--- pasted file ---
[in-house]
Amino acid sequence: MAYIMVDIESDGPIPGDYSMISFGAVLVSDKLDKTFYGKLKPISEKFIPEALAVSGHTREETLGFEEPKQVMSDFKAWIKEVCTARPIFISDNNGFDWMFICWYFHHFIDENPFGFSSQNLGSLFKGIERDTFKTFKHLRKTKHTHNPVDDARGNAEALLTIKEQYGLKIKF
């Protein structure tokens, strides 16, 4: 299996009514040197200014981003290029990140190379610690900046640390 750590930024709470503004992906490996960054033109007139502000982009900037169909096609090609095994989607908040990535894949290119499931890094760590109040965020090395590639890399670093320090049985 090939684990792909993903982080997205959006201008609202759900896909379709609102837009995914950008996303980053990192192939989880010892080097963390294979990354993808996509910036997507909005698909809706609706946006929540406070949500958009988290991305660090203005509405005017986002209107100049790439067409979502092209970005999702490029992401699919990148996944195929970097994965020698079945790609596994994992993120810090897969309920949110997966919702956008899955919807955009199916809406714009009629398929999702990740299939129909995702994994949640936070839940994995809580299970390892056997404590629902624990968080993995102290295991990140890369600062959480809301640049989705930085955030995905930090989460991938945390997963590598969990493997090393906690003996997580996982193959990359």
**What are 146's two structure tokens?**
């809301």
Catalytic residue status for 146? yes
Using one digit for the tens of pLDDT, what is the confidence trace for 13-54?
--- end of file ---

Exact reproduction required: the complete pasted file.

[in-house]
Amino acid sequence: MAYIMVDIESDGPIPGDYSMISFGAVLVSDKLDKTFYGKLKPISEKFIPEALAVSGHTREETLGFEEPKQVMSDFKAWIKEVCTARPIFISDNNGFDWMFICWYFHHFIDENPFGFSSQNLGSLFKGIERDTFKTFKHLRKTKHTHNPVDDARGNAEALLTIKEQYGLKIKF
């Protein structure tokens, strides 16, 4: 299996009514040197200014981003290029990140190379610690900046640390 750590930024709470503004992906490996960054033109007139502000982009900037169909096609090609095994989607908040990535894949290119499931890094760590109040965020090395590639890399670093320090049985 090939684990792909993903982080997205959006201008609202759900896909379709609102837009995914950008996303980053990192192939989880010892080097963390294979990354993808996509910036997507909005698909809706609706946006929540406070949500958009988290991305660090203005509405005017986002209107100049790439067409979502092209970005999702490029992401699919990148996944195929970097994965020698079945790609596994994992993120810090897969309920949110997966919702956008899955919807955009199916809406714009009629398929999702990740299939129909995702994994949640936070839940994995809580299970390892056997404590629902624990968080993995102290295991990140890369600062959480809301640049989705930085955030995905930090989460991938945390997963590598969990493997090393906690003996997580996982193959990359």
**What are 146's two structure tokens?**
């809301």
Catalytic residue status for 146? yes
Using one digit for the tens of pLDDT, what is the confidence trace for 13-54?